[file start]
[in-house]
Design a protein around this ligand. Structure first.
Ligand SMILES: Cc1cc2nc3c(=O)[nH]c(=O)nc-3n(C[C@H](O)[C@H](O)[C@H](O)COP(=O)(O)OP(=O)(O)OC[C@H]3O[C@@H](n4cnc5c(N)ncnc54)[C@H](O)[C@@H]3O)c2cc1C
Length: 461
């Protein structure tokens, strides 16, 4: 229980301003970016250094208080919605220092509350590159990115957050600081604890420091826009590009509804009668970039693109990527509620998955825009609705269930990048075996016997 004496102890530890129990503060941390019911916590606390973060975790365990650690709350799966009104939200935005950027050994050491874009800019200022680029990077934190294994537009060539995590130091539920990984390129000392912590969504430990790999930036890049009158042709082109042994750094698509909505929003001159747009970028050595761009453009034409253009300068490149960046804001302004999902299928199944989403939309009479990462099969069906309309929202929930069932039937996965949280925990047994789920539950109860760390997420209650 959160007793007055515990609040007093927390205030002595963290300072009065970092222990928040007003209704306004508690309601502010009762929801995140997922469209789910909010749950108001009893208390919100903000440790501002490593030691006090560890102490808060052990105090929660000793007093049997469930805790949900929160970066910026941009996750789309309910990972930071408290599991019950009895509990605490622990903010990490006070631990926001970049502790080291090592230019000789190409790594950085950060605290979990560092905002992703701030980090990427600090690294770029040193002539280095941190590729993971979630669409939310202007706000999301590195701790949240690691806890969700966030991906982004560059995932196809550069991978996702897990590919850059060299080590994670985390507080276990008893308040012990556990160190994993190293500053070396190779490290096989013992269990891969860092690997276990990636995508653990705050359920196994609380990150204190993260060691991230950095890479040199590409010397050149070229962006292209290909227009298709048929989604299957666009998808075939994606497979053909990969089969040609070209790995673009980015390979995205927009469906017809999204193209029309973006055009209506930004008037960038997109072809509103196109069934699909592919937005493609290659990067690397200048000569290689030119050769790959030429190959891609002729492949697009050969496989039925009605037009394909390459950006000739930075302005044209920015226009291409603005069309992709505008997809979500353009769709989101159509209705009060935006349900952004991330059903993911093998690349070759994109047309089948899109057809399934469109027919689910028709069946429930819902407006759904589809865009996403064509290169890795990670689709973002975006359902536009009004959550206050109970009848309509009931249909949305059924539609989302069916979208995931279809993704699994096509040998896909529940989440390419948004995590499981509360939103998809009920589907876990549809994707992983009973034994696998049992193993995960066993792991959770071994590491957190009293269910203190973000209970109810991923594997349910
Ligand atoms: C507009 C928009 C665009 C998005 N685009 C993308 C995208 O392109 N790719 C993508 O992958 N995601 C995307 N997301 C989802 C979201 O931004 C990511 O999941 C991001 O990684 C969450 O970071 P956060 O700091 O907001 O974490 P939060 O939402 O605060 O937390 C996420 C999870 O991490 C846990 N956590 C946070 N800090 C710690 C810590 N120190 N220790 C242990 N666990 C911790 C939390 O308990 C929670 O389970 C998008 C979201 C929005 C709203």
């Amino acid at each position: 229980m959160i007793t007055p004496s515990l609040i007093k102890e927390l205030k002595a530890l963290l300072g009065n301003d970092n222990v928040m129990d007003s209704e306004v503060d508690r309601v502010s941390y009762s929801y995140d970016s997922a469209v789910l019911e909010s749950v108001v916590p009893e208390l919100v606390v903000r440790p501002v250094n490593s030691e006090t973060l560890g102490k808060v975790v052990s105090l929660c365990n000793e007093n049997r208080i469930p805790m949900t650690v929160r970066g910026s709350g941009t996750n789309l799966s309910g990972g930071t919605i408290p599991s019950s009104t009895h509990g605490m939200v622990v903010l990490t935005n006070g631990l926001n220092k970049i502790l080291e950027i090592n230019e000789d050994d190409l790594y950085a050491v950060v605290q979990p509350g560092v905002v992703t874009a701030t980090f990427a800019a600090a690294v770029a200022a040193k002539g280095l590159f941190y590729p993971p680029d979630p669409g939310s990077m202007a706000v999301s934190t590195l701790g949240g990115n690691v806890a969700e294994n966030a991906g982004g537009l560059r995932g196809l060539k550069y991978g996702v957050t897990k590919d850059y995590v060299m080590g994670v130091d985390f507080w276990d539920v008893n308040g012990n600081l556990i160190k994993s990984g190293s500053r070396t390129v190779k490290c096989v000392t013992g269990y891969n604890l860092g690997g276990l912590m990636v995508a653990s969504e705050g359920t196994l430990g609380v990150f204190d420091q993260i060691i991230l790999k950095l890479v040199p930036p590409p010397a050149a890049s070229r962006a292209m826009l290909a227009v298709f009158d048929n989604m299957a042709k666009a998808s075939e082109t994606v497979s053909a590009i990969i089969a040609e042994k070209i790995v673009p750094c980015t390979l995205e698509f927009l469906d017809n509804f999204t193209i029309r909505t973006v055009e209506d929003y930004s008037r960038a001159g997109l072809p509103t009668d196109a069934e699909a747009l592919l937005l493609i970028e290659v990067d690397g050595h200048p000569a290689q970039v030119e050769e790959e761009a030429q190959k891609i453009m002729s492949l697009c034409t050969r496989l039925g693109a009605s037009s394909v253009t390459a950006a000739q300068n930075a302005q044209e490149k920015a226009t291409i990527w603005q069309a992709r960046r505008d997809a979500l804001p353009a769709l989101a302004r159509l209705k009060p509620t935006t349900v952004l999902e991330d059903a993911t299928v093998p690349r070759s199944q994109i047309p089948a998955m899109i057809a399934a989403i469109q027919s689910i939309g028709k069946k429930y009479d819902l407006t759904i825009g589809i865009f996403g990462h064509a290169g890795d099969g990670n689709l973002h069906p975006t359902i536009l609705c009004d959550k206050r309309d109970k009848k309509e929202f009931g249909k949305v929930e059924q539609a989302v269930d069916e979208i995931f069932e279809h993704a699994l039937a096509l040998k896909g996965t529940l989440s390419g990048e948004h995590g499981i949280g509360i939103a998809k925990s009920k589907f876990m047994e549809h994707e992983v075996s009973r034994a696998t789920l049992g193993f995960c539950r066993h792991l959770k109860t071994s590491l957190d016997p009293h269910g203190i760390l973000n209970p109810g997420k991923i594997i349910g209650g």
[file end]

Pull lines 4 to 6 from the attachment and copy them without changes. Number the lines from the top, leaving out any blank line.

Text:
Length: 461
């Protein structure tokens, strides 16, 4: 229980301003970016250094208080919605220092509350590159990115957050600081604890420091826009590009509804009668970039693109990527509620998955825009609705269930990048075996016997 004496102890530890129990503060941390019911916590606390973060975790365990650690709350799966009104939200935005950027050994050491874009800019200022680029990077934190294994537009060539995590130091539920990984390129000392912590969504430990790999930036890049009158042709082109042994750094698509909505929003001159747009970028050595761009453009034409253009300068490149960046804001302004999902299928199944989403939309009479990462099969069906309309929202929930069932039937996965949280925990047994789920539950109860760390997420209650 959160007793007055515990609040007093927390205030002595963290300072009065970092222990928040007003209704306004508690309601502010009762929801995140997922469209789910909010749950108001009893208390919100903000440790501002490593030691006090560890102490808060052990105090929660000793007093049997469930805790949900929160970066910026941009996750789309309910990972930071408290599991019950009895509990605490622990903010990490006070631990926001970049502790080291090592230019000789190409790594950085950060605290979990560092905002992703701030980090990427600090690294770029040193002539280095941190590729993971979630669409939310202007706000999301590195701790949240690691806890969700966030991906982004560059995932196809550069991978996702897990590919850059060299080590994670985390507080276990008893308040012990556990160190994993190293500053070396190779490290096989013992269990891969860092690997276990990636995508653990705050359920196994609380990150204190993260060691991230950095890479040199590409010397050149070229962006292209290909227009298709048929989604299957666009998808075939994606497979053909990969089969040609070209790995673009980015390979995205927009469906017809999204193209029309973006055009209506930004008037960038997109072809509103196109069934699909592919937005493609290659990067690397200048000569290689030119050769790959030429190959891609002729492949697009050969496989039925009605037009394909390459950006000739930075302005044209920015226009291409603005069309992709505008997809979500353009769709989101159509209705009060935006349900952004991330059903993911093998690349070759994109047309089948899109057809399934469109027919689910028709069946429930819902407006759904589809865009996403064509290169890795990670689709973002975006359902536009009004959550206050109970009848309509009931249909949305059924539609989302069916979208995931279809993704699994096509040998896909529940989440390419948004995590499981509360939103998809009920589907876990549809994707992983009973034994696998049992193993995960066993792991959770071994590491957190009293269910203190973000209970109810991923594997349910
Ligand atoms: C507009 C928009 C665009 C998005 N685009 C993308 C995208 O392109 N790719 C993508 O992958 N995601 C995307 N997301 C989802 C979201 O931004 C990511 O999941 C991001 O990684 C969450 O970071 P956060 O700091 O907001 O974490 P939060 O939402 O605060 O937390 C996420 C999870 O991490 C846990 N956590 C946070 N800090 C710690 C810590 N120190 N220790 C242990 N666990 C911790 C939390 O308990 C929670 O389970 C998008 C979201 C929005 C709203």